@mrtsherman Yes, but they do trigger on mousedown and mouseup. I call them "click" events in my post, then also explaining it at the very bottom. – ShadowScripter Apr 6 '12 at 18:01
  • 1
    Ahh, I see. Thanks for clarifying it for me. +1 and favorited. Hope to see an answer (I'm sure you do too!) – mrtsherman Apr 6 '12 at 22:09

11 Answers 11

16

You may probably use this hack.

You could try hijacking the mousedown and mouseup events and avoiding them when click on a scrollbar with your custom powered function.

$.fn.mousedown = function(data, fn) {
    if ( fn == null ) {
        fn = data;
        data = null;
    }    
    var o = fn;
    fn = function(e){
        if(!inScrollRange(e)) {
            return o.apply(this, arguments);
        }
        return;
    };
    if ( arguments.length > 0 ) {
        return this.bind( "mousedown", data, fn );
    } 
    return this.trigger( "mousedown" );
};

And the inverse for mousedownScroll and mouseupScroll events.

$.fn.mousedownScroll = function(data, fn) {
    if ( fn == null ) {
        fn = data;
        data = null;
    }    
    var o = fn;
    fn = function(e){
        if(inScrollRange(e)) {
            e.type = "mousedownscroll";
            return o.apply(this, arguments);
        }
        return;
    };
    if ( arguments.length > 0 ) {
        return this.bind( "mousedown", data, fn );
    } 
    return this.trigger( "mousedown" );
};

By the way, I think the scrollbar width is an OS setting.

  • Thank you Alexander, it worked perfectly. Sorry for the late accept, you should really get more upvotes for this, it's brilliant! 25 points headed your way ;) – ShadowScripter Mar 15 '13 at 12:20
  • @ShadowScripter, I'm glad it was helpful ;) – Alexander Mar 15 '13 at 12:50
  • 4
    The solution by jedierikb (scroll down) is much better because it doesn't rely on calculations or hacks but in which element fired the event. And jQuery is not really required. – Ivan Castellanos Aug 1 '15 at 2:25
24

Solved:

A shortest scrollbar click detection I could come up with, tested on IE, Firefox, Chrome.

var clickedOnScrollbar = function(mouseX){
  if( $(window).outerWidth() <= mouseX ){
    return true;
  }
}

$(document).mousedown(function(e){
  if( clickedOnScrollbar(e.clientX) ){
    alert("clicked on scrollbar");
  }
});

Working example: https://jsfiddle.net/s6mho19z/

  • @www139 Thank you ;-) – Dariusz Sikorski Nov 24 '15 at 12:01
  • good solution: using clientWidth and offsetWidth together is a good way to know where the click happened. – Sebas Nov 15 '16 at 16:59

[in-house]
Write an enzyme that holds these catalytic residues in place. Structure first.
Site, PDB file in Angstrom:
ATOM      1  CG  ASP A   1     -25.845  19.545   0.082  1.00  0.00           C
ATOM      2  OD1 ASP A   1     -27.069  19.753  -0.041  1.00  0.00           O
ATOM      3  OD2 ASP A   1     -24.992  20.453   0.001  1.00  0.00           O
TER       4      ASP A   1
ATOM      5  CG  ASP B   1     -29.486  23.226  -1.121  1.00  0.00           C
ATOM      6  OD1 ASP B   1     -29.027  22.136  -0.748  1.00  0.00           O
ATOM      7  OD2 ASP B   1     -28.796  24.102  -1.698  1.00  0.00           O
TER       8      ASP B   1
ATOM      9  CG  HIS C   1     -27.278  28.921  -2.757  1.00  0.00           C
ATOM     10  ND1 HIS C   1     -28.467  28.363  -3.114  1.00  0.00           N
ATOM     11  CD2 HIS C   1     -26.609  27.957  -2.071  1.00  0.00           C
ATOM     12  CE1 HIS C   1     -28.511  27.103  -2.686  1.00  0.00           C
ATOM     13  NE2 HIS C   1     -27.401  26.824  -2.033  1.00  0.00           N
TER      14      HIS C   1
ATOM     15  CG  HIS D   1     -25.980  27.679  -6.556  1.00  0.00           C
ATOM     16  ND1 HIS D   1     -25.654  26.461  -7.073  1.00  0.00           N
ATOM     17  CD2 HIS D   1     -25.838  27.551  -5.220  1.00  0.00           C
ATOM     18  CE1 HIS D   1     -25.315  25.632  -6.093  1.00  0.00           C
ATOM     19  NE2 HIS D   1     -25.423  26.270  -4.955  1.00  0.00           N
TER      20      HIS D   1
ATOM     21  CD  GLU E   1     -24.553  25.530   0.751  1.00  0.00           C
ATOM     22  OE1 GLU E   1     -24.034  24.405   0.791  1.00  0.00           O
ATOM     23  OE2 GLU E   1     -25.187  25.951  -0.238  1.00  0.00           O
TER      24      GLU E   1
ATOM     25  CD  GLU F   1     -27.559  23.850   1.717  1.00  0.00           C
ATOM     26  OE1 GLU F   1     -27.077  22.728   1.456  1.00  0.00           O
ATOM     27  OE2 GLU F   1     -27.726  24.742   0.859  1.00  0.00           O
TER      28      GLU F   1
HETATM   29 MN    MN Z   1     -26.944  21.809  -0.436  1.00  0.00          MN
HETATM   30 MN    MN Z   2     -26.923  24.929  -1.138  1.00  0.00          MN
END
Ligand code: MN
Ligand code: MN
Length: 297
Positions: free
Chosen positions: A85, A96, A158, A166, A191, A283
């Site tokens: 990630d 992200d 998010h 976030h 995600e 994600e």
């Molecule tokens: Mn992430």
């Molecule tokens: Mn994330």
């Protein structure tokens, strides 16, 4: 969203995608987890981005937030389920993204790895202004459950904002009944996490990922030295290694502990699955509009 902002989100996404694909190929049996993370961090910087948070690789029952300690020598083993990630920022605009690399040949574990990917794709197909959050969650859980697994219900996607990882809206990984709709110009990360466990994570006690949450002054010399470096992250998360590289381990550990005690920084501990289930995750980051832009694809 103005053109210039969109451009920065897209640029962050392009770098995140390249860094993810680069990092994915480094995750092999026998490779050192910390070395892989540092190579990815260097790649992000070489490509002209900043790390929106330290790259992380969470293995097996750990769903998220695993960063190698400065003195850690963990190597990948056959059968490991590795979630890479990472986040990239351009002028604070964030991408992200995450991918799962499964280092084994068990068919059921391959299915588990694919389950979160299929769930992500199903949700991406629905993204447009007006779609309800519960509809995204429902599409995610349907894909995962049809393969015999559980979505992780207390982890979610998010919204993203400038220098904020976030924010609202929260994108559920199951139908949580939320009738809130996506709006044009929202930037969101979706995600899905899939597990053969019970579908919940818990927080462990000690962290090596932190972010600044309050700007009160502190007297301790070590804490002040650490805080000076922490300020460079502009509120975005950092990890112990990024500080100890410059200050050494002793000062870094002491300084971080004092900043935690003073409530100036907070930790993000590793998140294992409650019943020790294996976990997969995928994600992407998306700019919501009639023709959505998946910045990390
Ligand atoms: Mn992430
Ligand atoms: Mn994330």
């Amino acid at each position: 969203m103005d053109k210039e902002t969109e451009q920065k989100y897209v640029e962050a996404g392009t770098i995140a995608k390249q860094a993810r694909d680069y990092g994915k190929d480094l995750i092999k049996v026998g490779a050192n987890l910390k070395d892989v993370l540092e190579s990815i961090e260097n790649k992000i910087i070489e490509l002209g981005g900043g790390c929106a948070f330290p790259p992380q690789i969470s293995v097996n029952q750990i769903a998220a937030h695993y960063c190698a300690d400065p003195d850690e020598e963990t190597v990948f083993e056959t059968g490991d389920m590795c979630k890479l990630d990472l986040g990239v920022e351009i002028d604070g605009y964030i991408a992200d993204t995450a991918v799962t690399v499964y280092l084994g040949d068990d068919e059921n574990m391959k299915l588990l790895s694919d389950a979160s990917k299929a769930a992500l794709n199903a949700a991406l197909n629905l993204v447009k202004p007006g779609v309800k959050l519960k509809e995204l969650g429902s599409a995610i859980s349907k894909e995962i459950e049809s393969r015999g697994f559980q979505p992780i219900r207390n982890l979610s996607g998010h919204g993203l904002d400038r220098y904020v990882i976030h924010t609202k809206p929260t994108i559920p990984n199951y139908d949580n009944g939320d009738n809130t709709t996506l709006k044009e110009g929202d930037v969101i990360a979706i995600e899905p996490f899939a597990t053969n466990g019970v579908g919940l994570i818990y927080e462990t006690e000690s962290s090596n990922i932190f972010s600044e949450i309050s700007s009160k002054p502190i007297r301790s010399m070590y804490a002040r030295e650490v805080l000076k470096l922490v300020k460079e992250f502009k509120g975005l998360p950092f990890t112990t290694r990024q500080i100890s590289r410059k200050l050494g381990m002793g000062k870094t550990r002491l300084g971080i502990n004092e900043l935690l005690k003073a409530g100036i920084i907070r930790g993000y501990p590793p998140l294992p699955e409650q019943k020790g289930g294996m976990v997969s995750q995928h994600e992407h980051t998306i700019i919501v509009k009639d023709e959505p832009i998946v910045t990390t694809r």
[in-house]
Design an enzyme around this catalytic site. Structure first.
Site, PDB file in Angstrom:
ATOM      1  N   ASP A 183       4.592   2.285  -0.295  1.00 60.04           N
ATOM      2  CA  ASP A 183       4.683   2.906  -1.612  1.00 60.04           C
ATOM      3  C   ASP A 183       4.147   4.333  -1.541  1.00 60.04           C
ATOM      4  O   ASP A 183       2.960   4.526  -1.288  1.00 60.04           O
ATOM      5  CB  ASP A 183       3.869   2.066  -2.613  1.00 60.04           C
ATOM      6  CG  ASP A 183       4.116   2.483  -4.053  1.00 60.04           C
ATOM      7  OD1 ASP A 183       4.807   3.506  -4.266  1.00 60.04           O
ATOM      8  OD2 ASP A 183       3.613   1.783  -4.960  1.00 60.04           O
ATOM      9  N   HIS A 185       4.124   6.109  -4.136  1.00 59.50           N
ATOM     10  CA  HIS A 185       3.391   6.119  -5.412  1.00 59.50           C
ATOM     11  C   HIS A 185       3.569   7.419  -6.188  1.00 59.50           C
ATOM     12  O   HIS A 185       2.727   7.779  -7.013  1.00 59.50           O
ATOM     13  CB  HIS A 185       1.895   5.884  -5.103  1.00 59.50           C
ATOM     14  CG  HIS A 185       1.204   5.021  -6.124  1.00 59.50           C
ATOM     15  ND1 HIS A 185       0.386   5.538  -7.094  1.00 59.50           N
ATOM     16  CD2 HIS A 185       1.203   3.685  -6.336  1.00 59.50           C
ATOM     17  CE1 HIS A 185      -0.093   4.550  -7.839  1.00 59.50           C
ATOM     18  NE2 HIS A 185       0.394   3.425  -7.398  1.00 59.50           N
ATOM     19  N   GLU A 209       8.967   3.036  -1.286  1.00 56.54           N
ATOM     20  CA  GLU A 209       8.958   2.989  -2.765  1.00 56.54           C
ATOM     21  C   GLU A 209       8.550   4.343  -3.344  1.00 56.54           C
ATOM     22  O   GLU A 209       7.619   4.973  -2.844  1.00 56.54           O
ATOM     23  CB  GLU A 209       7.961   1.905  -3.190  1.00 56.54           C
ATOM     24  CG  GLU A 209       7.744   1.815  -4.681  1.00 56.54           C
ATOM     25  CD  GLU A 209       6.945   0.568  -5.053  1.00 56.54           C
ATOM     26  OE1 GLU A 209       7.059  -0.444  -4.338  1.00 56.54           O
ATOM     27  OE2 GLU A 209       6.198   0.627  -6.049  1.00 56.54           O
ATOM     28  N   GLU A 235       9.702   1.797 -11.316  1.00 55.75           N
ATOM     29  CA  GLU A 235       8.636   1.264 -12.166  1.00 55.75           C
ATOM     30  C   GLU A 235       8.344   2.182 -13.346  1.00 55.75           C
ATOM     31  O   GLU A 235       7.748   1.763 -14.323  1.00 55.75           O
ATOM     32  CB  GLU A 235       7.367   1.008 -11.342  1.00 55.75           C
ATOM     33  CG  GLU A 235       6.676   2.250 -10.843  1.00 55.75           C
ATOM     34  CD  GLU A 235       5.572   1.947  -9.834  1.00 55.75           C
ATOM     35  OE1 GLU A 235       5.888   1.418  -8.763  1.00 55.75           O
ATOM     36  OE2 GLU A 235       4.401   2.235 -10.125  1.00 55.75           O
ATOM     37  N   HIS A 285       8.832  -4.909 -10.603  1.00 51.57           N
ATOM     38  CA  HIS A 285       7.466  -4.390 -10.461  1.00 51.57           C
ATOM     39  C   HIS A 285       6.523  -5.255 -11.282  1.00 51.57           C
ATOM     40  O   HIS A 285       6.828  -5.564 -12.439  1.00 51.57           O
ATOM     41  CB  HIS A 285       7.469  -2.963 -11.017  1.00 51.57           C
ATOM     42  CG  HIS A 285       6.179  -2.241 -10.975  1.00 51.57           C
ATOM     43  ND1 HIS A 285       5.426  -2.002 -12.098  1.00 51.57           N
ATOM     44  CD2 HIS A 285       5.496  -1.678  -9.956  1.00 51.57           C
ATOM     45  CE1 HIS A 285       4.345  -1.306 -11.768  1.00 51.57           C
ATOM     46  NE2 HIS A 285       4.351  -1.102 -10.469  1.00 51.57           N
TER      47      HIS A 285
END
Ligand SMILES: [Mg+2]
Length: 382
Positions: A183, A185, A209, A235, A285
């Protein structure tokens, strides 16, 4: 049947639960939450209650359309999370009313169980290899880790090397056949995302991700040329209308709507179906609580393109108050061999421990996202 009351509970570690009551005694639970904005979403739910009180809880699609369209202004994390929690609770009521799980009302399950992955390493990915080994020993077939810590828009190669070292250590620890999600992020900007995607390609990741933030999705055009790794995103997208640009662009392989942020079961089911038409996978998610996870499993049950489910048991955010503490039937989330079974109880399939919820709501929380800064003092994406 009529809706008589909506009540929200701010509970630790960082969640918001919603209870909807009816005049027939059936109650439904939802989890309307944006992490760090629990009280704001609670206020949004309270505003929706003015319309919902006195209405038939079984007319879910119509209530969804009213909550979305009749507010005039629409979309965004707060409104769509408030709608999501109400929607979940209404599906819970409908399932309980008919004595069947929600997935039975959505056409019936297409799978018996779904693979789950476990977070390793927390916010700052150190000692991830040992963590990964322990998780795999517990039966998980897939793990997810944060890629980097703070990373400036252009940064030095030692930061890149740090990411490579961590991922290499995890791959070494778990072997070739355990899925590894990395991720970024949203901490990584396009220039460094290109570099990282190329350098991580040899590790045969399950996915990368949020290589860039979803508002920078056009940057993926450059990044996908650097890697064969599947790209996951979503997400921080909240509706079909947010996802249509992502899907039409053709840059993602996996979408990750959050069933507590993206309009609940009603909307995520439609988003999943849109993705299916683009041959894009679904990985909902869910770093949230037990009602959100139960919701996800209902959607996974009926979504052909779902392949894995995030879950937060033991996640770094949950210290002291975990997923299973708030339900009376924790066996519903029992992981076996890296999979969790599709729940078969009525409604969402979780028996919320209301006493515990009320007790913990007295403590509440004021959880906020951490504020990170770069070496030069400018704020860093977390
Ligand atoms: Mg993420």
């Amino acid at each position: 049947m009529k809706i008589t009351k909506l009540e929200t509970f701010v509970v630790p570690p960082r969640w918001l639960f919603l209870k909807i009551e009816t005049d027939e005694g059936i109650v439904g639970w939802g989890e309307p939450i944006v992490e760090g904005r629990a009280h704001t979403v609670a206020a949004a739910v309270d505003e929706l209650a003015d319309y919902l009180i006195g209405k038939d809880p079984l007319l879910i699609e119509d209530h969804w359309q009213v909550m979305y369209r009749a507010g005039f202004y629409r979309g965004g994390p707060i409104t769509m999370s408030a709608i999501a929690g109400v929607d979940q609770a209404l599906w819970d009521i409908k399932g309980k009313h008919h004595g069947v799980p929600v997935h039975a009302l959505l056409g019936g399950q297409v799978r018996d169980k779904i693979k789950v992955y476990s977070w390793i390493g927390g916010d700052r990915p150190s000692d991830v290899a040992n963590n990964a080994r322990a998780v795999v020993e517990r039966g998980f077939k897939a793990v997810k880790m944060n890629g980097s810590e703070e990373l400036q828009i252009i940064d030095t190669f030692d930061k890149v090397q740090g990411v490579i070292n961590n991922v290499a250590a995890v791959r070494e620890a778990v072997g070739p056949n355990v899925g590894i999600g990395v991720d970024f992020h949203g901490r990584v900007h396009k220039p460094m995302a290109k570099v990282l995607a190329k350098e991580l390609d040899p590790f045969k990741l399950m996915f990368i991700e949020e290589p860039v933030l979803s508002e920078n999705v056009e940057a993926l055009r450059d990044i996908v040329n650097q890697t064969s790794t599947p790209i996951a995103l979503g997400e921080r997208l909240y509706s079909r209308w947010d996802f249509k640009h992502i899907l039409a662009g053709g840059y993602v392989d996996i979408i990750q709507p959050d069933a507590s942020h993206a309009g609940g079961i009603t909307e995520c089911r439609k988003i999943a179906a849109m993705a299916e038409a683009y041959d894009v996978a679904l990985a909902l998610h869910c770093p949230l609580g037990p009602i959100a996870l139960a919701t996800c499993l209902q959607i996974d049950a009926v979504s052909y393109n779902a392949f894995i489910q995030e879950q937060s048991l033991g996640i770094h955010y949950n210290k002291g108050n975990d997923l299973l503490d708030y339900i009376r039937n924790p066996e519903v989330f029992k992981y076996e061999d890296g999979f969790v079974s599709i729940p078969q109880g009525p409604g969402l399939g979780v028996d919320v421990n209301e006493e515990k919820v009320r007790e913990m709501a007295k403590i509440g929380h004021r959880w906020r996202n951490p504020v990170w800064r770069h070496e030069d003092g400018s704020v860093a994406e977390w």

• 5
    Doesn't work on MacOS when scrollbar appears only when scrolling – Eugene Fidelin Oct 16 '17 at 9:20
9

I had the same problem in a previous project, and i recommend this solution. It's not very clean but it works and i doubt we can do much better with html. Here are the two steps of my solution:

1. Measure the width of the scrollbar on your Desktop environment.

In order to achieve this, at application startup, you perform the following things:

Add the following element to the body:

<div style='width: 50px; height: 50px; overflow: scroll'><div style='height: 1px;'/></div>

Measure the with of the inner div of the previously added element with jQUery's .width(), and store the width of the scrollbar somewhere (the width of the scollbar is 50 - inner div's with)

Remove the extra element used to measure scrollbar (now that you have the result, remove the element that you added to the body).

All these steps should not be visible by the user and you have the width of the scrollbar on your OS

For example, you can use this snippet:

var measureScrollBarWidth = function() {
    var scrollBarMeasure = $('<div />');
    $('body').append(scrollBarMeasure);
    scrollBarMeasure.width(50).height(50)
        .css({
            overflow: 'scroll',
            visibility: 'hidden',
            position: 'absolute'
        });

    var scrollBarMeasureContent = $('<div />').height(1);
    scrollBarMeasure.append(scrollBarMeasureContent);

    var insideWidth = scrollBarMeasureContent.width();
    var outsideWitdh = scrollBarMeasure.width();
    scrollBarMeasure.remove();

    return outsideWitdh - insideWidth;
};

2. Check if a click is on the scrollbar.

Now that you have the width of the scrollbar, you can with the coordinates of the event compute the coordinates of the event relative to the scrollbar's location rectangle and perfom awesome things...

If you want to filter the clicks, you can return false in the handler to prevent their propagation.

  • 3
    Taking measurements to determine scroll width/height is prone to error -- on the mac adding and removing a mouse from a laptop with a touchpad will make the overflow:scroll scrollbars dynamically appear and disappear. – jedierikb Jun 23 '14 at 15:03
7

Ensure that the content of your scollarea completely [over]fills the parent div.

Then, you can differentiate between clicks on your content and clicks on your container.

html:

<div class='test container'><div class='test content'></div></div>
<div id="results">please click</div>

css:

#results {
  position: absolute;
  top: 110px;
  left: 10px;
}

.test {
  position: absolute;
  left: 0;
  top: 0;
  width: 100px;
  height: 100px;
  background-color: green;
}

.container {
  overflow: scroll;
}

.content {
  background-color: red;
}

js:

function log( _l ) {
  $("#results").html( _l );
}

$('.content').on( 'mousedown', function( e ) {
  log( "content-click" );
  e.stopPropagation();
});

$('.container').on( 'mousedown', function( e ) {
  var pageX = e.pageX;
  var pageY = e.pageY;
  log( "scrollbar-click" );
});

http://codepen.io/jedierikb/pen/JqaCb

  • 2
    Good solution. You could also do this with a single event on .container through a condition like: if($(e.target).is($(this))) //scrollbar-click. jsfiddle.net/3tzj0bps – malihu Nov 25 '15 at 0:53
5

Use following solution to detect if user clicked mouse over element's scrollbar. Didn't test how it works with window's scrollbar. I guess Pete's solution works better with window scrolls.